Mrs. Hood: Head, Thorax, Abdomen!

As the waiting for the butterflies to emerge continued this week, we learned about the life cycle of another fascinating insect: the ant! Eggs, larva, pupa and ant were some of the names they learned this week and children repeated over and over. We also introduced the anatomy of an insect using different giant insect models. Children learned that all insects have a head, a thorax and abdomen. They all have six legs and antennas which help them to feel and smell the world around them. They also learned that most insects have wings. To reinforce this lesson we learned the song: “Head, Thorax, Abdomen,” sung to the tune of “Head, Shoulders, Knees and Toes” song.

Here are the lyrics:

Head, thorax, abdomen, abdomen

Head, thorax, abdomen, abdomen

Eyes, antennas, wings, 6 legs

Head, thorax, abdomen, abdomen

Children also learned that spiders are not considered an insect, however they are a nice animal to observe. Happily we had some live insects visiting our classroom throughout the week and children really took the time to make sure they had all the body parts we learned this week.

By the end of the week children got the opportunity to observe two butterflies emerging from their chrysalises, stretching their wings and walking around the environment the children prepared for them.

For food tasting we explored a pretty cool vegetable that wasn’t in our rotation list, but since one of our families grew it in their garden, we had the opportunity to taste it: rhubarb. A big shout out to Ms. Eli for sharing such an interesting plant and cooking for us some rhubarb to taste. Even though it seems children were not absolutely in love with it, they tasted it and enjoyed some of its tart/sour/sweet flavor. This was my first time exploring this vegetable so I truly felt like one of the toddlers exploring this food. I gave it a thumbs up… not sure how many of the toddlers will agree with me. The good thing was that nobody spit it out so I think it passed the test.

Some of the favorite books this week were: The Very Busy Spider by Eric Carle, Backyard Bugs by Jill McDonald and of course, Everyone Poops by Taro Gomi.

We hope you have a great weekend and please remember to take some time to jump in the puddles with your little ones.

Mrs. Hood and Mrs. Maria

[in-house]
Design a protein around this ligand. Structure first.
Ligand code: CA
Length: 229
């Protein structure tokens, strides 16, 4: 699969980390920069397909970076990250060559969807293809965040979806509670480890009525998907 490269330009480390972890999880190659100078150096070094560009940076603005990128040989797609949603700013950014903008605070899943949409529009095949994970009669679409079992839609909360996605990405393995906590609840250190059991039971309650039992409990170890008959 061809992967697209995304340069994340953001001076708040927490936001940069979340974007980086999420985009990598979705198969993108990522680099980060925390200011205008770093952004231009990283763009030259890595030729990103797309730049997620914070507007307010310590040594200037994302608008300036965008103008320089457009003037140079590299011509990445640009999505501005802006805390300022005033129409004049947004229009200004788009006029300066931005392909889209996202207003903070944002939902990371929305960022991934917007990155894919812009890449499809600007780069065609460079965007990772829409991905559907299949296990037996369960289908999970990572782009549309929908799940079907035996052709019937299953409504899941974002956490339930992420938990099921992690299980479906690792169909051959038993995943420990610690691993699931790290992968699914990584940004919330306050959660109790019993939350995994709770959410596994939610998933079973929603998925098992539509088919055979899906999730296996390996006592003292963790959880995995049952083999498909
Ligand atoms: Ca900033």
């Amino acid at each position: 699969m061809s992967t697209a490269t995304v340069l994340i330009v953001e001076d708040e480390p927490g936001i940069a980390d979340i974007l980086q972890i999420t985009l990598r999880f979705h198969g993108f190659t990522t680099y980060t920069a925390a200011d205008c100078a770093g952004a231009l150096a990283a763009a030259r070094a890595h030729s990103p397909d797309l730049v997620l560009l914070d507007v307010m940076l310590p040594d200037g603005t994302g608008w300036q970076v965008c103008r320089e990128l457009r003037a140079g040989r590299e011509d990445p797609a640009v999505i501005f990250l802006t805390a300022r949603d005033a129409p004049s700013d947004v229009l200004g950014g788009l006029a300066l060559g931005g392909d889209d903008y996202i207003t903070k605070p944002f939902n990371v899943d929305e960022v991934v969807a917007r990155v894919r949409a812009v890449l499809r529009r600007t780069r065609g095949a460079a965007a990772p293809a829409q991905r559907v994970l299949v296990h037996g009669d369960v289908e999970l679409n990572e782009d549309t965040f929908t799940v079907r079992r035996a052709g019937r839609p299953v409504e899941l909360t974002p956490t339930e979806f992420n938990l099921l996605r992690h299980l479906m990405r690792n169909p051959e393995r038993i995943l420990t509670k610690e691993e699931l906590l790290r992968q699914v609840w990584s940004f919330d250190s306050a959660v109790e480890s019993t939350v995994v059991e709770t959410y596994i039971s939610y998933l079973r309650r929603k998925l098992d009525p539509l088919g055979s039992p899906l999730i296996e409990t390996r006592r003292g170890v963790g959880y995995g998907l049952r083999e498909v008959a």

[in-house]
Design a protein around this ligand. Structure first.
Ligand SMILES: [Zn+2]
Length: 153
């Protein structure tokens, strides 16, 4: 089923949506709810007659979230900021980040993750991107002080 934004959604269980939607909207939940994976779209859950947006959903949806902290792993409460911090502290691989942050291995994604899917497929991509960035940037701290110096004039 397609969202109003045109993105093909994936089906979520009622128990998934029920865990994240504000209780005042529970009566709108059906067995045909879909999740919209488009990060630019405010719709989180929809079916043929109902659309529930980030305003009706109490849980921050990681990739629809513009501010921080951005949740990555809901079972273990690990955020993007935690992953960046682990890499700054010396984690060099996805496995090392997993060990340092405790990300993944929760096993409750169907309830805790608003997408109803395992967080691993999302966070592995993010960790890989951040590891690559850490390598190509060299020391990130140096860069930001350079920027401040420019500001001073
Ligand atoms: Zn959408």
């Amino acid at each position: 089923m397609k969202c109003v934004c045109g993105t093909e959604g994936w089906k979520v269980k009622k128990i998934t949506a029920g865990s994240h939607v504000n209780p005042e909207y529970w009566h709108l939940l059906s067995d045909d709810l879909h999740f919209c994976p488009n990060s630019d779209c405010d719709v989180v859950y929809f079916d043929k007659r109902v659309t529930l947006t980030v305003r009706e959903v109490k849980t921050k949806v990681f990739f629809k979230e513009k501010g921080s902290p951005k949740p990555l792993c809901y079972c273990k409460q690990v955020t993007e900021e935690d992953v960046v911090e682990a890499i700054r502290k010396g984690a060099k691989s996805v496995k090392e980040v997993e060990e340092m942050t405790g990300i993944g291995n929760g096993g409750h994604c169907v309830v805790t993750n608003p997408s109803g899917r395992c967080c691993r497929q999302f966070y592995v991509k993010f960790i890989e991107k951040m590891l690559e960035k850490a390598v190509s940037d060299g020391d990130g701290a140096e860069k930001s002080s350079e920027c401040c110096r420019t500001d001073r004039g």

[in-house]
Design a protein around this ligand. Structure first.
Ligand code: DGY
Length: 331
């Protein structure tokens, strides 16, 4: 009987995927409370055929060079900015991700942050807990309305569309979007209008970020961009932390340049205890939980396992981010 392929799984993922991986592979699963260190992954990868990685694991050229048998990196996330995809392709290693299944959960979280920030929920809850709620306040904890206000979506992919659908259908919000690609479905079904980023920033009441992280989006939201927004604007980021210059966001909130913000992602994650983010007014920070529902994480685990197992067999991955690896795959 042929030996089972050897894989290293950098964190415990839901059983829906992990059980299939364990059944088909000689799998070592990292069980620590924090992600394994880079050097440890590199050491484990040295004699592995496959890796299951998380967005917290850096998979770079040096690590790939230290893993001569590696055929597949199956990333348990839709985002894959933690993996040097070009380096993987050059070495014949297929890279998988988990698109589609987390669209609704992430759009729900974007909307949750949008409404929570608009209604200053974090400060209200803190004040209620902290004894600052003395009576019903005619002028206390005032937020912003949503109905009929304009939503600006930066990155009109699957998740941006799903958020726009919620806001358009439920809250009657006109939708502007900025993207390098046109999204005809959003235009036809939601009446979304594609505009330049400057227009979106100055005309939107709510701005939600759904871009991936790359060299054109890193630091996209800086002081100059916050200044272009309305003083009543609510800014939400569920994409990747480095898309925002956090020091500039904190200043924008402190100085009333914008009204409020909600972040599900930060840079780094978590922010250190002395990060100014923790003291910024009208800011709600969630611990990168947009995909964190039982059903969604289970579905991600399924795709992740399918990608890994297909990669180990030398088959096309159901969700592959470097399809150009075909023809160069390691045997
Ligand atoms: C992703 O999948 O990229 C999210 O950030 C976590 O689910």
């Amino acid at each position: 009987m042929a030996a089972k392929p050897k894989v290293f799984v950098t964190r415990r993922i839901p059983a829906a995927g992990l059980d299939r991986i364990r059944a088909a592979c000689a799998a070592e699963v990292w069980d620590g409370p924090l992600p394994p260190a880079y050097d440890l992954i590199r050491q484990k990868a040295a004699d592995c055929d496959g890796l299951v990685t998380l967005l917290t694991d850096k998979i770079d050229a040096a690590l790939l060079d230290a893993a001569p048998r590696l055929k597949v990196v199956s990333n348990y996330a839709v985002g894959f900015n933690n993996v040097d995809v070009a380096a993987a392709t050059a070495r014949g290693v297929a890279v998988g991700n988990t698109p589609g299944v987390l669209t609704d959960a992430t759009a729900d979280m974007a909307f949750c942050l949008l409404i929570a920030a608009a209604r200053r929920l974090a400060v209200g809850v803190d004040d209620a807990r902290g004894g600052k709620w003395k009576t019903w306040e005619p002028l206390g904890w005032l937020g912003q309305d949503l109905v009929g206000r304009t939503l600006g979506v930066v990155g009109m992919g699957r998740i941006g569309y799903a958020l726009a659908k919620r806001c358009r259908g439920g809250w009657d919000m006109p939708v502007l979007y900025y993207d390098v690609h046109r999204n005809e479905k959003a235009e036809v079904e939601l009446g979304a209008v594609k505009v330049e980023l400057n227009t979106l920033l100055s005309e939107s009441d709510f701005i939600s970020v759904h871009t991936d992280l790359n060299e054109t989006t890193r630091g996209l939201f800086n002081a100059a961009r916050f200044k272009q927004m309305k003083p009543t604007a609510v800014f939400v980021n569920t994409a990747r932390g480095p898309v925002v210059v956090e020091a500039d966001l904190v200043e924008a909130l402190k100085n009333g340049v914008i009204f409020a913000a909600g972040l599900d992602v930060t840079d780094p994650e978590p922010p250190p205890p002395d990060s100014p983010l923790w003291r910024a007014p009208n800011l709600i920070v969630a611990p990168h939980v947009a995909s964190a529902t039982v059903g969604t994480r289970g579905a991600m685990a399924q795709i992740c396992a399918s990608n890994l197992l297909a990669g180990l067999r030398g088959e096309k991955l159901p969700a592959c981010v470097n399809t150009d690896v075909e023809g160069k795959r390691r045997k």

Mrs. Lopes: An Exciting Week in Primary!

We have had a busy and exciting week here in Primary!  Completing our butterfly life cycle study, beginning our last continent study unit of the school year, and attending a program about sound presented by the Everwonder Children’s Museum!

This week our caterpillars finished their metamorphosis and came out of their chrysalises as beautiful painted lady butterflies.  We finished up our study of the butterfly life cycle this week by observing our butterflies for a few days and then releasing the butterflies out on the playground.  It was so fun to watch the butterflies flutter away and the children enjoyed tracking where they all flew off to.

As we finished up the study of the butterfly life cycle, we also began our last continent unit of the school year, Australia.  Australia is such an interesting continent due to its size and the fact that many of its native animal species are only found in Australia.  We will be exploring the animals, culture, and landmarks of Australia over the next few weeks.

On Thursday, the Everwonder Children’s Museum came to our school to present a program about sound.  The children listened to a book about familiar sounds and learned how we get to hear those sounds.  They also learned how sound travels through solids, liquids, and gases.  After the introduction, the children had the opportunity to explore making sounds with different instruments and materials, as well as make a rain stick to bring home.  They all throughly enjoyed the invitation to make lots of noise!

Have a wonderful weekend,

Amanda & Heather


Mrs. Semmah: Sounds Around Us